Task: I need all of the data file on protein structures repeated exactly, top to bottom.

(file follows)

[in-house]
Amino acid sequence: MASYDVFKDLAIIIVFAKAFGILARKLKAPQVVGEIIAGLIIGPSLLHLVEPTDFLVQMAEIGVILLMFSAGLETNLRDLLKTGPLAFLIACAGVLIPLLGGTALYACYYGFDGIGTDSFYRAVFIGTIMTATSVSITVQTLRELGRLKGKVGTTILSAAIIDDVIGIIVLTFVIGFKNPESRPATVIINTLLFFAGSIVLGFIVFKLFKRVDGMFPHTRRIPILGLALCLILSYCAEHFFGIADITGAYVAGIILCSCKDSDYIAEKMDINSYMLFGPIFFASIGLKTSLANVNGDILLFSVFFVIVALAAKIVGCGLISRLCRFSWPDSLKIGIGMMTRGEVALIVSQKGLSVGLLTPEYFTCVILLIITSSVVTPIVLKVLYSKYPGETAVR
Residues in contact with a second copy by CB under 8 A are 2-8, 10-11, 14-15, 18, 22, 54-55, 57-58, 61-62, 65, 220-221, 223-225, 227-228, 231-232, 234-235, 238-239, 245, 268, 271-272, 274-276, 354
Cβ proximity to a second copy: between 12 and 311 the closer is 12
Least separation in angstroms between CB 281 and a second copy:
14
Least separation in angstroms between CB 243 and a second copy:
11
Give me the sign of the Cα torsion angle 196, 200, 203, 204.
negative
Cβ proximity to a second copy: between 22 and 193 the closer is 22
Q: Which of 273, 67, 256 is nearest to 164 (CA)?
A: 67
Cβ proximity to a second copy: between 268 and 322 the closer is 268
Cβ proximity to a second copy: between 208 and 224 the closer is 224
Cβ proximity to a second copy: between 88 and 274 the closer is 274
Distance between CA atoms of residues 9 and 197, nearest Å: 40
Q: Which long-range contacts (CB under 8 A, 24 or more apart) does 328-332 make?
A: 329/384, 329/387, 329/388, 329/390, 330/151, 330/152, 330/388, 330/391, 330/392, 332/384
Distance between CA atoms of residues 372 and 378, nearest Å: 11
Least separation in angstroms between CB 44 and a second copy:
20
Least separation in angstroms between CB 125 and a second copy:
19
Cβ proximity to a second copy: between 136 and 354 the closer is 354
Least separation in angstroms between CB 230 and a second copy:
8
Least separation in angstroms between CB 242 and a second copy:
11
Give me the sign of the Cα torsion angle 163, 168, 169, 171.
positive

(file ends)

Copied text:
[in-house]
Amino acid sequence: MASYDVFKDLAIIIVFAKAFGILARKLKAPQVVGEIIAGLIIGPSLLHLVEPTDFLVQMAEIGVILLMFSAGLETNLRDLLKTGPLAFLIACAGVLIPLLGGTALYACYYGFDGIGTDSFYRAVFIGTIMTATSVSITVQTLRELGRLKGKVGTTILSAAIIDDVIGIIVLTFVIGFKNPESRPATVIINTLLFFAGSIVLGFIVFKLFKRVDGMFPHTRRIPILGLALCLILSYCAEHFFGIADITGAYVAGIILCSCKDSDYIAEKMDINSYMLFGPIFFASIGLKTSLANVNGDILLFSVFFVIVALAAKIVGCGLISRLCRFSWPDSLKIGIGMMTRGEVALIVSQKGLSVGLLTPEYFTCVILLIITSSVVTPIVLKVLYSKYPGETAVR
Residues in contact with a second copy by CB under 8 A are 2-8, 10-11, 14-15, 18, 22, 54-55, 57-58, 61-62, 65, 220-221, 223-225, 227-228, 231-232, 234-235, 238-239, 245, 268, 271-272, 274-276, 354
Cβ proximity to a second copy: between 12 and 311 the closer is 12
Least separation in angstroms between CB 281 and a second copy:
14
Least separation in angstroms between CB 243 and a second copy:
11
Give me the sign of the Cα torsion angle 196, 200, 203, 204.
negative
Cβ proximity to a second copy: between 22 and 193 the closer is 22
Q: Which of 273, 67, 256 is nearest to 164 (CA)?
A: 67
Cβ proximity to a second copy: between 268 and 322 the closer is 268
Cβ proximity to a second copy: between 208 and 224 the closer is 224
Cβ proximity to a second copy: between 88 and 274 the closer is 274
Distance between CA atoms of residues 9 and 197, nearest Å: 40
Q: Which long-range contacts (CB under 8 A, 24 or more apart) does 328-332 make?
A: 329/384, 329/387, 329/388, 329/390, 330/151, 330/152, 330/388, 330/391, 330/392, 332/384
Distance between CA atoms of residues 372 and 378, nearest Å: 11
Least separation in angstroms between CB 44 and a second copy:
20
Least separation in angstroms between CB 125 and a second copy:
19
Cβ proximity to a second copy: between 136 and 354 the closer is 354
Least separation in angstroms between CB 230 and a second copy:
8
Least separation in angstroms between CB 242 and a second copy:
11
Give me the sign of the Cα torsion angle 163, 168, 169, 171.
positive